United States District Court, S.D. Ohio, Western Division
Michael R. Barrett Judge
matter is before the Court on the Magistrate Judge's
Report and Recommendation (“R&R”) that
Petitioner's petition for a writ of habeas corpus
pursuant to 28 U.S.C. § 2254 should be denied. (Doc.
Magistrate Judge adequately summarized the procedural
background and pertinent facts of this case in the R&R
and the same will not be repeated herein. The parties
received proper notice under Rule 72(b) of the Federal Rules
of Civil Procedure, which included notice that the parties
would waive further appeal if they failed to file objections
to the R&R in a timely manner. (Doc. 13); see United
States v. Walters, 638 F.2d 947, 949-950 (6th
Cir. 1981). Petitioner filed timely objections. (Doc. 14).
STANDARD OF REVIEW
the assigned district court judge receives objections to a
magistrate judge's R&R on a dispositive matter, the
district judge “must determine de novo any part of the
magistrate judge's disposition that has been properly
objected to.” Fed.R.Civ.P. 72(b)(3). After that review,
the district judge “may accept, reject, or modify the
recommended decision; receive further evidence; or return the
matter to the magistrate judge with instructions.”
initial matter, Petitioner does not object to the Magistrate
Judge's recommendations regarding Grounds One through
Four or Petitioner's argument concerning the propriety of
his sentence. (Doc. 14). Accordingly, the Court will not
discuss those Grounds or that argument and, instead, will
focus on Petitioner's objections to the Magistrate
Judge's recommendations regarding Ground Five and
Petitioner's argument that the trial court failed to give
jury instructions about Ohio Rev. Code § 2903.12
(“Aggravated assault”). (Doc. 14).
Magistrate Judge acknowledged Petitioner's argument that
his conviction is supported by insufficient evidence, found
that Petitioner's argument is properly before this Court,
and explained the standard of review for a federal habeas
court reviewing a petitioner's allegation that a verdict
was entered upon insufficient evidence and a state
court's decision on the merits of that federal
constitutional claim. (Doc. 13 at PageID 723-27). The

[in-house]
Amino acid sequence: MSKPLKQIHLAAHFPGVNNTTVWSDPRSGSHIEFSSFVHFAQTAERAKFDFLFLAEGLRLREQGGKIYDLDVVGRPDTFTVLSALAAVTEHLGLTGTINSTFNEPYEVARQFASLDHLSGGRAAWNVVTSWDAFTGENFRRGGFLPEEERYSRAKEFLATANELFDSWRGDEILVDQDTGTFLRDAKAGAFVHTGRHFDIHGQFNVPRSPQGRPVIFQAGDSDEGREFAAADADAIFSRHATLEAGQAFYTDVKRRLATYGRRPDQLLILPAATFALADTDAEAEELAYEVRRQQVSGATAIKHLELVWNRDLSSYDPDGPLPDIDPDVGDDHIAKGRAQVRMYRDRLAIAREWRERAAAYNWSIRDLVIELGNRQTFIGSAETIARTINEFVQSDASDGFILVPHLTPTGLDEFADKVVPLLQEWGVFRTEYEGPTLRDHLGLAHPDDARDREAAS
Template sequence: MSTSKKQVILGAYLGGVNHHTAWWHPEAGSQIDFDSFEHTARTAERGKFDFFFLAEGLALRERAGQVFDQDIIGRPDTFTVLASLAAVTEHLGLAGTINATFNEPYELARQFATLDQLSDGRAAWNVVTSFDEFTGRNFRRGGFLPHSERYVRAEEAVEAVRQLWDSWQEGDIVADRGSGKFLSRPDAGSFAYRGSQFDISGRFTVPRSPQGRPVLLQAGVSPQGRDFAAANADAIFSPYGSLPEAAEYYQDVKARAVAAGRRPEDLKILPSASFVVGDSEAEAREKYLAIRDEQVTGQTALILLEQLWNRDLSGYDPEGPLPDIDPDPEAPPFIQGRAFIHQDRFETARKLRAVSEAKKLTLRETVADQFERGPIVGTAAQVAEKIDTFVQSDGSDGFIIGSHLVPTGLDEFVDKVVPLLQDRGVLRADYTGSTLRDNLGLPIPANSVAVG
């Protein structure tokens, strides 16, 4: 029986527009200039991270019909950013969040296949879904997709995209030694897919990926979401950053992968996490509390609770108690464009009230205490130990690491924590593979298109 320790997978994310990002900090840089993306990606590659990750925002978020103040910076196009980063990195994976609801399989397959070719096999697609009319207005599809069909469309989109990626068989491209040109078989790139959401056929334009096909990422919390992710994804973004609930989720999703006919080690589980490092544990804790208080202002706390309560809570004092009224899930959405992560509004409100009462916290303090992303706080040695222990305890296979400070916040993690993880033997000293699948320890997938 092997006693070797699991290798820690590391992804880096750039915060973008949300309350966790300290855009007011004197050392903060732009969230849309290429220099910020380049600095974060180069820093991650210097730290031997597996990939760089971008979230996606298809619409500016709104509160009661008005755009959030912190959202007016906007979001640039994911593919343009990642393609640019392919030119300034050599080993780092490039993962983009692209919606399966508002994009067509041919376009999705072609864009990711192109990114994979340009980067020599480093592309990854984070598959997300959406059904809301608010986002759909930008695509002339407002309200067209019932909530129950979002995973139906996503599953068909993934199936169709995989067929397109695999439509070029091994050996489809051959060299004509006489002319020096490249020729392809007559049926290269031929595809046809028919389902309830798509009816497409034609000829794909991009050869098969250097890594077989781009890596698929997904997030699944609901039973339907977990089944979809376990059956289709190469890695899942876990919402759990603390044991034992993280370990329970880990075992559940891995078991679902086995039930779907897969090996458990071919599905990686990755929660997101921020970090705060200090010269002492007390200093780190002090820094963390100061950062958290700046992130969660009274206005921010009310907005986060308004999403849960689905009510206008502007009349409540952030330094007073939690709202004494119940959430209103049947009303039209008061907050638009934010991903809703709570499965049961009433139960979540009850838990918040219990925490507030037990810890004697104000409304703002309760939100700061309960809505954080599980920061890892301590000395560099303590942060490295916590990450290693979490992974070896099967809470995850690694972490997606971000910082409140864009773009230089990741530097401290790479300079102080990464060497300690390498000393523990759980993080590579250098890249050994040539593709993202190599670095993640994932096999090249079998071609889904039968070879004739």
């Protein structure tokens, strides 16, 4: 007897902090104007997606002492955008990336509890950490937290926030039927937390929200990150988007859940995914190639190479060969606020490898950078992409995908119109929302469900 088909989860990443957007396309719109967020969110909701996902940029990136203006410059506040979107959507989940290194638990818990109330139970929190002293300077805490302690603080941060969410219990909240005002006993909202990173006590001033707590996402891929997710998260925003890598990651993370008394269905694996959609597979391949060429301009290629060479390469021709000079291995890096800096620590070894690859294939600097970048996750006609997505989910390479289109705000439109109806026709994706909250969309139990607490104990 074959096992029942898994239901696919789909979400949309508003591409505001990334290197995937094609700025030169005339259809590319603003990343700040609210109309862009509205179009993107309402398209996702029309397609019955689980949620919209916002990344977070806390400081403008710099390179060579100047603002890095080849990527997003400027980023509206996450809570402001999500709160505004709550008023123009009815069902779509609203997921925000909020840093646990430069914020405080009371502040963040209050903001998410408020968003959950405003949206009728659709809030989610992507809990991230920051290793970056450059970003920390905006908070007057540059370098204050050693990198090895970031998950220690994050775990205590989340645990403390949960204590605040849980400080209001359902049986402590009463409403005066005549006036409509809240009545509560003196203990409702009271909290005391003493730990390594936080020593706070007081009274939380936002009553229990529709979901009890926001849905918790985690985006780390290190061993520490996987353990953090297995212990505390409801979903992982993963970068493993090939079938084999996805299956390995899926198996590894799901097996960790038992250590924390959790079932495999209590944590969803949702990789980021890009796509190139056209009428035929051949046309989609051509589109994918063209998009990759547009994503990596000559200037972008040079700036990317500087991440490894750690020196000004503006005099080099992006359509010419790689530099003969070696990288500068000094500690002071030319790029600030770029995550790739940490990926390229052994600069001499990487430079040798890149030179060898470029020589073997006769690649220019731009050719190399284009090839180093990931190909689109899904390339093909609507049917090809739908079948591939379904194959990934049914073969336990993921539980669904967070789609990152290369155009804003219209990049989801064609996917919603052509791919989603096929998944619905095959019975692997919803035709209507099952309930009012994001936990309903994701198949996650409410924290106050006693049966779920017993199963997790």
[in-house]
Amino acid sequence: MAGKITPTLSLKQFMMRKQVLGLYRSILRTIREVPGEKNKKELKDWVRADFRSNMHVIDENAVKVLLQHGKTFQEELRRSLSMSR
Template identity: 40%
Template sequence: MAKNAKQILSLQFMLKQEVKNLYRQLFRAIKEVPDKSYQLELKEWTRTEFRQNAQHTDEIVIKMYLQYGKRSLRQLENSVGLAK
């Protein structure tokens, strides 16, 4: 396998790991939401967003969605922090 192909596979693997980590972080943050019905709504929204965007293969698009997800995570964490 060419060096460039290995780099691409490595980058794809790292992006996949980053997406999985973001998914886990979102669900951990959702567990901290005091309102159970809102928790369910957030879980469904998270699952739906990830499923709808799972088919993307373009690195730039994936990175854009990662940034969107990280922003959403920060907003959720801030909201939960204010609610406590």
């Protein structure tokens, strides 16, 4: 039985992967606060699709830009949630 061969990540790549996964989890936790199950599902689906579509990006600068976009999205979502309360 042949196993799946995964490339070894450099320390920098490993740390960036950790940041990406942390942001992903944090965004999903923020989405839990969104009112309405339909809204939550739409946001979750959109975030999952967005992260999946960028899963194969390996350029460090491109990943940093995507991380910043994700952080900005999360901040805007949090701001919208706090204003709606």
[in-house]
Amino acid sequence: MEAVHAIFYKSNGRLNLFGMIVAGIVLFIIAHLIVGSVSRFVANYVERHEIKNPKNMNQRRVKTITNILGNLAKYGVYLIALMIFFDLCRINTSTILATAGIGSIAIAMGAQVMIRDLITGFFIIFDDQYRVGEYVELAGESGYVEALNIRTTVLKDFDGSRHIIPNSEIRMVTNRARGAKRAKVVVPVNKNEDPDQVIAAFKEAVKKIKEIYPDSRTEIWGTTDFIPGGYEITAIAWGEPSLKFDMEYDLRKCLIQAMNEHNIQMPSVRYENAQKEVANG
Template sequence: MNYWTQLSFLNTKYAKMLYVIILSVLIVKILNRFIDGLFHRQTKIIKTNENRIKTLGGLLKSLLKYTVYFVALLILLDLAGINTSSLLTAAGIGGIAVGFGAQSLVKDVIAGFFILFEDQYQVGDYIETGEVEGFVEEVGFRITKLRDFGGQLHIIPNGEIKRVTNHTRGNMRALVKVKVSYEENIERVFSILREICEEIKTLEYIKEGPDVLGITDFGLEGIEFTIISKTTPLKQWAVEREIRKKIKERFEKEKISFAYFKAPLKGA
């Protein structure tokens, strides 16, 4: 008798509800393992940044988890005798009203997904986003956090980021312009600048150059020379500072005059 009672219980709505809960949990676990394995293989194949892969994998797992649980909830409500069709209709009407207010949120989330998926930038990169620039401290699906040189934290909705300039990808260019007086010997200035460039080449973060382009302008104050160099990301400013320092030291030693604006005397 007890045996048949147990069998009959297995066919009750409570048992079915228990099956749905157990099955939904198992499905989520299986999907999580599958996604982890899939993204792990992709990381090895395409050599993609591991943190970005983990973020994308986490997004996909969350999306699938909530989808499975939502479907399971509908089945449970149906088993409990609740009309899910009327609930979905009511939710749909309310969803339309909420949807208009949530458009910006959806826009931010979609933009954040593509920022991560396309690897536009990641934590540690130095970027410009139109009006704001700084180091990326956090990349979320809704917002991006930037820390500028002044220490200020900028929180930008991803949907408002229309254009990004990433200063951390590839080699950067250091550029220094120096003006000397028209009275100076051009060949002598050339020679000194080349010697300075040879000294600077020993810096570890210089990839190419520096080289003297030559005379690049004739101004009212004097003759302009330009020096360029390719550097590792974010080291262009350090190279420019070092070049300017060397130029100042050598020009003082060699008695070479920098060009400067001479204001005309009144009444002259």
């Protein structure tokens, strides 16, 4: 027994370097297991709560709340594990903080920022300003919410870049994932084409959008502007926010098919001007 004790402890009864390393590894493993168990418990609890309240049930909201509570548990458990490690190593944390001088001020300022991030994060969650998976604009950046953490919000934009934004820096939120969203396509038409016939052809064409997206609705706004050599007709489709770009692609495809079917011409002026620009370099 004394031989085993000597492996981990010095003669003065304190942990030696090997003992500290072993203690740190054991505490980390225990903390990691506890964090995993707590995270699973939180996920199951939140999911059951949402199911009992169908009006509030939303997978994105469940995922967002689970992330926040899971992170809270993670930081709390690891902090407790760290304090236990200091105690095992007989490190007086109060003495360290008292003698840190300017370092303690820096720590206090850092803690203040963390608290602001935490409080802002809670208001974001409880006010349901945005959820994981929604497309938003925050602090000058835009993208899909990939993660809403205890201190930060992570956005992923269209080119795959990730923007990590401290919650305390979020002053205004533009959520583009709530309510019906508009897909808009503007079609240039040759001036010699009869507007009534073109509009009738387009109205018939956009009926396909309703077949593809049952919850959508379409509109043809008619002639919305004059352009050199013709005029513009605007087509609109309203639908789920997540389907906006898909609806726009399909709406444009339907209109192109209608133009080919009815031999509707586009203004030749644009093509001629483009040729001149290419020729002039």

Magistrate Judge emphasized that credibility questions are
for the jury and found that, ultimately, the jury in
Petitioner's trial found the two victims' testimony
more credible than Petitioner's testimony. (Id.
at PageID 727).
objections, Petitioner states that “the
Magistrate[‘]s determination of the evidence . . .
would not support [Petitioner's] conviction, ”
“the Magistrate misapplied the law to the facts and
evidence adduced at trial, ” and the “Magistrate
erred in his evaluation of the evidence.” (Id.
at PageID 731-32). Petitioner's conclusory statements
disagreeing with the Magistrate Judge's report, without
more, do nothing to persuade the Court that it should reject
the Magistrate Judge's recommendation on this Ground.
next asserts that,
although the jury has the primary duty to detect and
disregard any and all false testimony, the trial court and
appellate court has the same like duty when reviewing the
evidence, and not simply throw such responsibility back at
those who don't know the law, no matter how well
they've been instructed.
(Doc. 14 at PageID 733). However, “[t]he flaw in
Petitioner's argument is that neither the state court of
appeals, nor this Court, is permitted by law to second-guess
the jury's decision about which witnesses to
believe” and “[r]esolving conflicts in the
testimony is precisely the jury's role in a case.”
Bailey v. Mohr, No. 2:14-CV-2751, 2016 WL 6822796,
at *8 (S.D. Ohio Nov. 18, 2016), report and
recommendation adopted, No. 2:14-CV-2751, 2016 WL
7243559 (S.D. Ohio Dec. 14, 2016). The Court is not persuaded